If Liam and Patsy are the modern incarnations of Sam and Isabella, one looks with lively curiosity on the latter's exchanges of endearments. "I can assure you you will find in me a most docile and willing pupil," she writes to him submissively before the wedding. "I wish at this moment," replies Sam throatily, "I could breathe into your ears, closely and caressingly, all my fond hopes I feel for your dear welfare...". Is this the way the nation's top rock'n'roll couple converse in private? I'd like to think so.

Did you know that TS Eliot called the desiccated protagonist of his second most famous poem "Prufrock" after the Prufrock- Littau furniture company in St Louis, Missouri because he liked the way it suggested "a prude in a frock"? Nor did I. Or that the world's most famous detective and his sidekick started life as Sherrinford Holmes and Ormond Sacker ("Elementary, my dear Sacker. You know my methods"). Or that, before he got to be Tiny Tim, Dickens's sentimentalised cripple boy in A Christmas Carol went through more alliterative nicknames than Gary Glitter (they included Little Larry, Small Sam and Puny Pete, but thankfully not Malformed Malcolm). Or that Boris Pasternak found the name "Zhivago" on a manhole cover? All this riveting stuff turns up in The Language of Names by Justin Kaplan and Anne Bernays, just published in America. "Names," explains Mr Kaplan, "penetrate the core of our being and a form of poetry, storytelling, magic and compressed history". How true that is - but one doesn't have to confine the discussion to fictional names. Looking at the three party leaders about to burst from the traps in the election struggle, one notes that "Ashdown" suggests a drooping fag, "Major" is redolent of eccentric and/or fake ex-servicemen in Godalming pubs or Terence Rattigan plays, while with "Blair" you get a foghorn or the trumpeting of angels, according to taste. But then I'm in no position to comment, being stuck with a name that fatally suggests washing-up, brick obstacles and a brand of indifferent sausages.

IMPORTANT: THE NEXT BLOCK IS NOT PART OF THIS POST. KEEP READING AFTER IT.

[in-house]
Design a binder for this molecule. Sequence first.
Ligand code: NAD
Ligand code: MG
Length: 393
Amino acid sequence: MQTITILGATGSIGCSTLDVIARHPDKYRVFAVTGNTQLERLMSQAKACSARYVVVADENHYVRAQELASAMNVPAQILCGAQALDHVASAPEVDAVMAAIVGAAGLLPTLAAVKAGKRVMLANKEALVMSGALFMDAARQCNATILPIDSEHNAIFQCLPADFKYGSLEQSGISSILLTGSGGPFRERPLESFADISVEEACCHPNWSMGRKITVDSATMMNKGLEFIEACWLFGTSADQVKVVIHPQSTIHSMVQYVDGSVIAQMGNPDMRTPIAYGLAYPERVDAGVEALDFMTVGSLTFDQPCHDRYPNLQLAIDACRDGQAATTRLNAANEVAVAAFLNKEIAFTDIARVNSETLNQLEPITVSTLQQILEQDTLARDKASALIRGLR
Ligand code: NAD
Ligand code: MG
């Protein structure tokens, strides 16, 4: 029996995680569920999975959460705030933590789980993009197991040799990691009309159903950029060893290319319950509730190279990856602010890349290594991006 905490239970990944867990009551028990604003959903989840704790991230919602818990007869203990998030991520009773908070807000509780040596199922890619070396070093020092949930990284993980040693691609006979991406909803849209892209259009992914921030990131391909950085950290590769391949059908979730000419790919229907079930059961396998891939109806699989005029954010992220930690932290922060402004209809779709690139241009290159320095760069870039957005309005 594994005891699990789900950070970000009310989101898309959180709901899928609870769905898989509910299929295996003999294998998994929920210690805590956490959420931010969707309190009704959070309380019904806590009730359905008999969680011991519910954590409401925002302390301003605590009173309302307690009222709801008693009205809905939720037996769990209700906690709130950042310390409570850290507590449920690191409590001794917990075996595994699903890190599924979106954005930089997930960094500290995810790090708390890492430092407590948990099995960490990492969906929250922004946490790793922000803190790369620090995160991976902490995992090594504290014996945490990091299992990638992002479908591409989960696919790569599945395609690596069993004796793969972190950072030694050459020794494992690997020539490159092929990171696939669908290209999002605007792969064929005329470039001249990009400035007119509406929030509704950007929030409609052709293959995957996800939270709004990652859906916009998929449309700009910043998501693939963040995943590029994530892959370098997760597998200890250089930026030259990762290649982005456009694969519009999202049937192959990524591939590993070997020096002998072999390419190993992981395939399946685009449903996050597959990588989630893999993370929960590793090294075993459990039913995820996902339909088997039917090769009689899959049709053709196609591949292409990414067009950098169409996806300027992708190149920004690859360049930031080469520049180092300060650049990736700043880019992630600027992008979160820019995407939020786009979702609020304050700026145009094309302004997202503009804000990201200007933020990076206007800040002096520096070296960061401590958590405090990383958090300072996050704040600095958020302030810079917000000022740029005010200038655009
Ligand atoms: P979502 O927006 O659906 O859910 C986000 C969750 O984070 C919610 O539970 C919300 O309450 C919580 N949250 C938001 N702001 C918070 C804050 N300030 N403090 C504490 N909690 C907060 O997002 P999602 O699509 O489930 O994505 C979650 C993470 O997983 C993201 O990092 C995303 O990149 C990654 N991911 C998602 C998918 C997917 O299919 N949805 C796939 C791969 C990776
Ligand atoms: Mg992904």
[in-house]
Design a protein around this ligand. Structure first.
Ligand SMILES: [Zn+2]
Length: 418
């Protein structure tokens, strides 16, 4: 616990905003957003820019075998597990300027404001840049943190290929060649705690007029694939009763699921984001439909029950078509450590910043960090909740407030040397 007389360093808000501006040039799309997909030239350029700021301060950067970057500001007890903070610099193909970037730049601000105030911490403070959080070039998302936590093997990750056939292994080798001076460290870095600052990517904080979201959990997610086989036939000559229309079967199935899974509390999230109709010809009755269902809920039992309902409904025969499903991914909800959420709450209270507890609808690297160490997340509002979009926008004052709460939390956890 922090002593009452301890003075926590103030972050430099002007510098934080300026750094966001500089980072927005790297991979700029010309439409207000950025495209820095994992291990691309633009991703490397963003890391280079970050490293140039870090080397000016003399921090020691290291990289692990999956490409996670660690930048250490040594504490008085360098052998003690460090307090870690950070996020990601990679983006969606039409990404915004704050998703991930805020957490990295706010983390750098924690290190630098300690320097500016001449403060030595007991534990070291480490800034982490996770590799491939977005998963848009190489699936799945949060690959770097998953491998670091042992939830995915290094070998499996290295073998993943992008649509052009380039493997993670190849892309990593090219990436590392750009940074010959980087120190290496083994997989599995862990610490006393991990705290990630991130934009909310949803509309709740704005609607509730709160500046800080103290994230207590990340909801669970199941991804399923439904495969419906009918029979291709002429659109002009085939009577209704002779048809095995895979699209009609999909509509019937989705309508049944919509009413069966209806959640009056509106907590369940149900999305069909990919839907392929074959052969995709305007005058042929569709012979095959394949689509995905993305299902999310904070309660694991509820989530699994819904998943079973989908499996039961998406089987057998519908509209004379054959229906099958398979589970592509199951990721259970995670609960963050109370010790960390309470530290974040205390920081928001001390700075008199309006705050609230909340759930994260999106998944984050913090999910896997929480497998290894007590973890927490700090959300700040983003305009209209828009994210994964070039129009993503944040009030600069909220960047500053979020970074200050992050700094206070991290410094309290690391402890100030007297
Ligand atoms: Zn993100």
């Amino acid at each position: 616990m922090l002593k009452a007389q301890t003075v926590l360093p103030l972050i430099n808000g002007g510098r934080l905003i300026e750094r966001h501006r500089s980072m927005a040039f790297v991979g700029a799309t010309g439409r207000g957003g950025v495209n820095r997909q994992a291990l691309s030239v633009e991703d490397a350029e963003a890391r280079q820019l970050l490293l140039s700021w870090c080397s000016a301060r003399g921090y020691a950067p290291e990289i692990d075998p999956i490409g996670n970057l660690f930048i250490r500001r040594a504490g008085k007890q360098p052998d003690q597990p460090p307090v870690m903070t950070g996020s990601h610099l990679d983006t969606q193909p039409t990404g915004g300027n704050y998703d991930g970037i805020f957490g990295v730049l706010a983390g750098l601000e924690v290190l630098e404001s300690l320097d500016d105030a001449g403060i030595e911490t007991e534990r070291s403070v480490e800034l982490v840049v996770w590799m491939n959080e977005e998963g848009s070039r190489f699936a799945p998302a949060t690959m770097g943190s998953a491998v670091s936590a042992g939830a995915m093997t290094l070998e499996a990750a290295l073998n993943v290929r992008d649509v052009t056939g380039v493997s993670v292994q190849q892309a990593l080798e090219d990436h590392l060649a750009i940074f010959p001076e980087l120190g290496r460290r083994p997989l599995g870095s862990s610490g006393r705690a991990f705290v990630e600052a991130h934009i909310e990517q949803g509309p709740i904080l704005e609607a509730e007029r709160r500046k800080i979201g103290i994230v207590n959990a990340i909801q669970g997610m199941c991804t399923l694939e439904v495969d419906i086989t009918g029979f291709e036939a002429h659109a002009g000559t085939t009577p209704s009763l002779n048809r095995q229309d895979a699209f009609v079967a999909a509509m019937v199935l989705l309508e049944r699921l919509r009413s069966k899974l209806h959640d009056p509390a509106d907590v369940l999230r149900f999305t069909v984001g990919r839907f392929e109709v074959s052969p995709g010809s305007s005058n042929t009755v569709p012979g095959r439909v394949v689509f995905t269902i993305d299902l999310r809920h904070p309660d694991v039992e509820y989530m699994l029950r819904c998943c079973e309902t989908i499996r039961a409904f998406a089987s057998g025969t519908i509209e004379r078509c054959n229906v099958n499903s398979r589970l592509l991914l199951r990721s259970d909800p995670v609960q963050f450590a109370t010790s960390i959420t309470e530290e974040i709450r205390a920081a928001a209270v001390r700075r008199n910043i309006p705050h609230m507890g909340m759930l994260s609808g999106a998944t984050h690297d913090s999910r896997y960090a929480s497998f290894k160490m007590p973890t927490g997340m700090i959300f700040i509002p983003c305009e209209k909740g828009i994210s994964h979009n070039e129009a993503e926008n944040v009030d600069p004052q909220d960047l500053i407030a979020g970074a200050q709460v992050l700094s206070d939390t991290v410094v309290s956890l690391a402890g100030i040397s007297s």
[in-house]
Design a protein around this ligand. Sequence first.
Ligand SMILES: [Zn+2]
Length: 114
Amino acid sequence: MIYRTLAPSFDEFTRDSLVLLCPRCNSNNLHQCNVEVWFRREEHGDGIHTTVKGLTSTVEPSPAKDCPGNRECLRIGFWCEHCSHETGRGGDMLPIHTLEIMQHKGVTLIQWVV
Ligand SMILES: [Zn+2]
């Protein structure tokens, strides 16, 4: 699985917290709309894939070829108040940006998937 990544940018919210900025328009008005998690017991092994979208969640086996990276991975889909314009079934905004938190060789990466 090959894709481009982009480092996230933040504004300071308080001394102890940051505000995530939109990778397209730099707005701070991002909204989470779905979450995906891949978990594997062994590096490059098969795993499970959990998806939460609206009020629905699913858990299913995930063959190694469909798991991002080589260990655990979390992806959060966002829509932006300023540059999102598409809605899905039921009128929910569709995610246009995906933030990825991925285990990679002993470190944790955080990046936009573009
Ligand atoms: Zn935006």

The christening of genes is a phenomenon new to me, but I can see it catching on. Once, it was simple: you'd hear on the news someone saying, "Scientists in Los Angeles claim to have isolated the gene which causes hangovers/ageing/musical talent in human beings; there is, however, no cure for this condition". Now genes are given names like cocktails at the Algonquin or Class A drugs. "Dissatisfaction" is the newest. It's the name of a gene that influences sexual behaviour in fruit flies, and was discovered last week at the Salk Institute in La Jolla, California.

Not only has the institute identified the wayward behaviour of female fruit flies - how they will happily consent to mate with frankly anybody, usually after a courtship lasting two and a half minutes - they've discovered how the "dissatisfaction" gene alters their behaviour. Females thus genetically indisposed will, it seems, "refuse to adopt a mating posture" and often either kick the male viciously or simply run away.

Obviously this is shockingly disobliging behaviour on the part of the female; but I think the gene is wrongly named. "Dissatisfaction" is far too mild. The scientific fraternity must rename it "Lesley Morris", after the Wren who successfully took the Navy to court after being sexually harrassed by 1,200 fruit flies, sorry, sailors, in four years.